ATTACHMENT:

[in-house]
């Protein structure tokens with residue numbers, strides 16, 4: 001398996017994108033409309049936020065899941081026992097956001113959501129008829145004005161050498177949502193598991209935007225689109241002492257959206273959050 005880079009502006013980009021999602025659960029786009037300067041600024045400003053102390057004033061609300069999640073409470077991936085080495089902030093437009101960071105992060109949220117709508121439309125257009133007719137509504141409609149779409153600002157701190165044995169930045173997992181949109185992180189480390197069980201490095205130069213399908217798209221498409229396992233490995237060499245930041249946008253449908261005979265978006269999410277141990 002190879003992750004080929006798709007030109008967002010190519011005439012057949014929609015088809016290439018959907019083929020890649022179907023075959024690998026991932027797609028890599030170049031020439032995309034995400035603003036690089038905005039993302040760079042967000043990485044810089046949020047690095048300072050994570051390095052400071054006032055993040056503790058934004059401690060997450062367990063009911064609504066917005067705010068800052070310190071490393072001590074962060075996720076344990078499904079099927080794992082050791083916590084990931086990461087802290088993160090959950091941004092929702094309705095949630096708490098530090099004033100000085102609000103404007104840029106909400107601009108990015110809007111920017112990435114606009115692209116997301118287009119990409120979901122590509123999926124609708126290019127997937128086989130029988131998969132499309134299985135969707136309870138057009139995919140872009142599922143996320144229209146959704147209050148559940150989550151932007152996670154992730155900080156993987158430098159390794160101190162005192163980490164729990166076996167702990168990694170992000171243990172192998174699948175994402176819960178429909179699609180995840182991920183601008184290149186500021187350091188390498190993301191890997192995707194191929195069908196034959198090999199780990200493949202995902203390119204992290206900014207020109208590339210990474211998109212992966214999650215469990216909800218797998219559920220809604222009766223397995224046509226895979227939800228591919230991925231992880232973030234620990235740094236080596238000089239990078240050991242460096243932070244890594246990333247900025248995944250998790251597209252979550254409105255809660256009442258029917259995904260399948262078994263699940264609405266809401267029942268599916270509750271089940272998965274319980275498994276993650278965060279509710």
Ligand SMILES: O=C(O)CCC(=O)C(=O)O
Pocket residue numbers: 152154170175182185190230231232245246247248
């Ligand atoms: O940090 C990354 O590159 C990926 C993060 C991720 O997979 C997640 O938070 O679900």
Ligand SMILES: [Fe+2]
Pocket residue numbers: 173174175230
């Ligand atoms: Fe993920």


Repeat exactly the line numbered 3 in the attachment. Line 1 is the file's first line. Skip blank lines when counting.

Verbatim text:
Ligand SMILES: O=C(O)CCC(=O)C(=O)O